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Re: The League of Lost Languages (was Re: Fakelangs)

From:Jörg Rhiemeier <joerg_rhiemeier@...>
Date:Sunday, July 4, 2004, 19:39

On Sat, 3 Jul 2004 23:28:02 -0400,
Sally Caves <scaves@...> wrote:

> Thanks for your patient responses to my posts, Jo"rg; I think I was mostly > reacting to the assumption that the Teonim are not human, or that they must > stay within one fictional depiction of them (they wander most annoyingly > into other venues!),
It never was my intention to nail them shut anywhere; I simply was confused by their wandering into other venues, and the Melting struck me as something that went beyond the framework of the LLL.
> and since I've been toying with the notion of "faking" > Teonaht as a real language in some form, I was most interested in this > thread. I would be happy, though, to just sit in and observe, if I may.
You may, of course. The LLL mailing list is open to everyone interested, and its archives are public: Be our guest!
> I > could be mistaken but it strikes me that the LLL's goal is to produce > evidence of "dead" languages for which we have Rosetta stones and a > surviving literature?
Yes, but not only. The adjective "lost" is more about what happened to the languages in question in *our* world (they died out and left no documents behind, hence we don't know them), while in the otherwise identical world of the LLL, they are *not* lost, but have either left behind documents - or are still spoken today. We have not only dead languages that left behind documents, but also living linguistic minorities, as long as they are small enough to "fly below the radar" of history.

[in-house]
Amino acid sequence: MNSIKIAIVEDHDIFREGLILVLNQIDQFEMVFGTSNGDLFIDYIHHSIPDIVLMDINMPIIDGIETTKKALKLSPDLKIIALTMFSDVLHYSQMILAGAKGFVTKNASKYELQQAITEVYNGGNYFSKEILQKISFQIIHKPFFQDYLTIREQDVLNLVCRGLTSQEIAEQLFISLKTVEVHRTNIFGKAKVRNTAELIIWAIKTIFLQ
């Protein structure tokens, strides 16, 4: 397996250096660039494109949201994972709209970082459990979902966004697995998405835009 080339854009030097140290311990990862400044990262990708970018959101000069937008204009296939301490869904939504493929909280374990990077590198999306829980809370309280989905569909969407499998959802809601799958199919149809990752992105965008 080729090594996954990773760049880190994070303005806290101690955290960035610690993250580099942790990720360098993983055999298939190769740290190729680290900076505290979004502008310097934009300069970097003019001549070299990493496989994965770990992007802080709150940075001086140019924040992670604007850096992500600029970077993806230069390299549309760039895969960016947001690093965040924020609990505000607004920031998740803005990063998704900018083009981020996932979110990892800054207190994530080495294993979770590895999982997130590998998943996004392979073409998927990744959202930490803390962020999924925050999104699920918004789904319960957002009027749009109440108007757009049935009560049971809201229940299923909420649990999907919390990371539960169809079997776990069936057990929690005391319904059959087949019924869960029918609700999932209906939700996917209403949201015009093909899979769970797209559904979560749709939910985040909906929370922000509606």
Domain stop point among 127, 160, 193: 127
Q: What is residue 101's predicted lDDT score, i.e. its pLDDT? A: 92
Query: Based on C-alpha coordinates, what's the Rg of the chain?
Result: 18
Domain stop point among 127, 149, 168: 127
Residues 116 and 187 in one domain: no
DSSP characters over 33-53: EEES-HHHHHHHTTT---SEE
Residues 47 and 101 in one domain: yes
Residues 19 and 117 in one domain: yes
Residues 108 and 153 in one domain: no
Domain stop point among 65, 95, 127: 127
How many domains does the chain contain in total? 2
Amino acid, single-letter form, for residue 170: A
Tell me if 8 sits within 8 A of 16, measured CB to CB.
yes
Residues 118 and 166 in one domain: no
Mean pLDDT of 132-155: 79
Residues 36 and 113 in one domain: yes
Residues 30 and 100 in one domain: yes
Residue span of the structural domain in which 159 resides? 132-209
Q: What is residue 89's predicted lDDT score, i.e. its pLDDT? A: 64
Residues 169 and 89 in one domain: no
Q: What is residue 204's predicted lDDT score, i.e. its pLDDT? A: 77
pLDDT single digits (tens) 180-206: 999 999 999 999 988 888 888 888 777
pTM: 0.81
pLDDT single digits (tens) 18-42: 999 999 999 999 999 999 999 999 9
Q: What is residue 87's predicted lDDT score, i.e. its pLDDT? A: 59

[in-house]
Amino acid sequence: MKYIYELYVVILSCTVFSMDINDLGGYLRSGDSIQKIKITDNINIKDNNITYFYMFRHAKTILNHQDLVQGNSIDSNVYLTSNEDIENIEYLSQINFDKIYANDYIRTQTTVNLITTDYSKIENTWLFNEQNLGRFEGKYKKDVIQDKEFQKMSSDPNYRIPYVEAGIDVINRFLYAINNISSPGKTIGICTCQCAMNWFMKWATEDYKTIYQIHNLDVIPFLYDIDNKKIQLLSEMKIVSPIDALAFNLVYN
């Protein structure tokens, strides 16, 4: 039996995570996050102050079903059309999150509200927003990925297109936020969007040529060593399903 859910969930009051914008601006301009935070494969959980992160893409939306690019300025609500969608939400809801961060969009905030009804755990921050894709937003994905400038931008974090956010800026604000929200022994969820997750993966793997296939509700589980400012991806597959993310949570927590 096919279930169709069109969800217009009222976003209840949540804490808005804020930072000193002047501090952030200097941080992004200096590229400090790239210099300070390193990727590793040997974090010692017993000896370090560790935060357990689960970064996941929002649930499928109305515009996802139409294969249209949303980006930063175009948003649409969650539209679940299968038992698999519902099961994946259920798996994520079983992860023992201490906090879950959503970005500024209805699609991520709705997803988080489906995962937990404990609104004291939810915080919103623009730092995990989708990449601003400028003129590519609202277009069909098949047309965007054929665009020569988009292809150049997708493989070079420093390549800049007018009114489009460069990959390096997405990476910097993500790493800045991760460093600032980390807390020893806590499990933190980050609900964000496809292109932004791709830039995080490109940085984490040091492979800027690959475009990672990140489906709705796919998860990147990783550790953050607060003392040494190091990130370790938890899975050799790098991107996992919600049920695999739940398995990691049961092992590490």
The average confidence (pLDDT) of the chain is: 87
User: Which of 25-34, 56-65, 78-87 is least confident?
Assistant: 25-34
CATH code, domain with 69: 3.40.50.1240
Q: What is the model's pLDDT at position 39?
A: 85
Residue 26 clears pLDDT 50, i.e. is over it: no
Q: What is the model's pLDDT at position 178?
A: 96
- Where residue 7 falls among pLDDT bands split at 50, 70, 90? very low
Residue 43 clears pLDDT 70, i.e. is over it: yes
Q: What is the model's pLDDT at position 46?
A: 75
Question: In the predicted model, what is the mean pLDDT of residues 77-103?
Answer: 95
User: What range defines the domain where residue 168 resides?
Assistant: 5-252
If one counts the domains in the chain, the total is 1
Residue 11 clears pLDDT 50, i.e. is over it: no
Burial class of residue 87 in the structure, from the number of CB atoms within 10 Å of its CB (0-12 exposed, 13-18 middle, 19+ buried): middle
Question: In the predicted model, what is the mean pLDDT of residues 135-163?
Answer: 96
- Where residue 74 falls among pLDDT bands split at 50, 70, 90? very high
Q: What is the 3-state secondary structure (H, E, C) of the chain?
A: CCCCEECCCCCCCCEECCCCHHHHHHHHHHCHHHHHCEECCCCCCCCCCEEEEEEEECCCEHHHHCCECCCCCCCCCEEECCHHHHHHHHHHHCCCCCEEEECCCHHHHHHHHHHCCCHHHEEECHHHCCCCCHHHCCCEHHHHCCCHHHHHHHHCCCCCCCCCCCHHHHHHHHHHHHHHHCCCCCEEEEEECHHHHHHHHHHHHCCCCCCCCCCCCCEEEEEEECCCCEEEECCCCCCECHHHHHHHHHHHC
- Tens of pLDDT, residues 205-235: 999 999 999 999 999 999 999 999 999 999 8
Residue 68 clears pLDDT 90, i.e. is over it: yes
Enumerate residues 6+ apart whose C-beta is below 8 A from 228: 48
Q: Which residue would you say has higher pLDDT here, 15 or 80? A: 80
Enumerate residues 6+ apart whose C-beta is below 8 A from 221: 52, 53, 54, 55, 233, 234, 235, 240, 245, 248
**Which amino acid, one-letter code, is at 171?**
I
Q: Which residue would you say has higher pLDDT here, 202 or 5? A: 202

> Teonaht's vocabulary extends into the twentieth > century. If some LLLs are said to be spoken by living persons, though, > there has to be a this-world explanation for them, right?
They survived, but the speakers were too few to make a difference. For example, there are a few villages in the UK where a part of the population speak Albic languages. They are all bilingual in English, and the fact that they speak Albic at home is hardly obvious to the visitor. They use the Albic language only among themselves, and address strangers in English. Otherwise, the UK *there* is the same as the UK *here*; one can indeed imagine that the Albic languages are spoken in our world at this low level, but somehow managed to escape the attention of field linguists. You remember John Fisher's Elet Anta? That's about the way it works.
> T. could do that, > but it would have to be a diaspora; no straight-faced "melting." :) And a > diaspora would produce dialects, which I'm not yet up to. But June has > produced all manner of new projects and games, and I'd like to observe them. > We'll see what happens!
Be our guest and see what happens. Greetings, Jörg.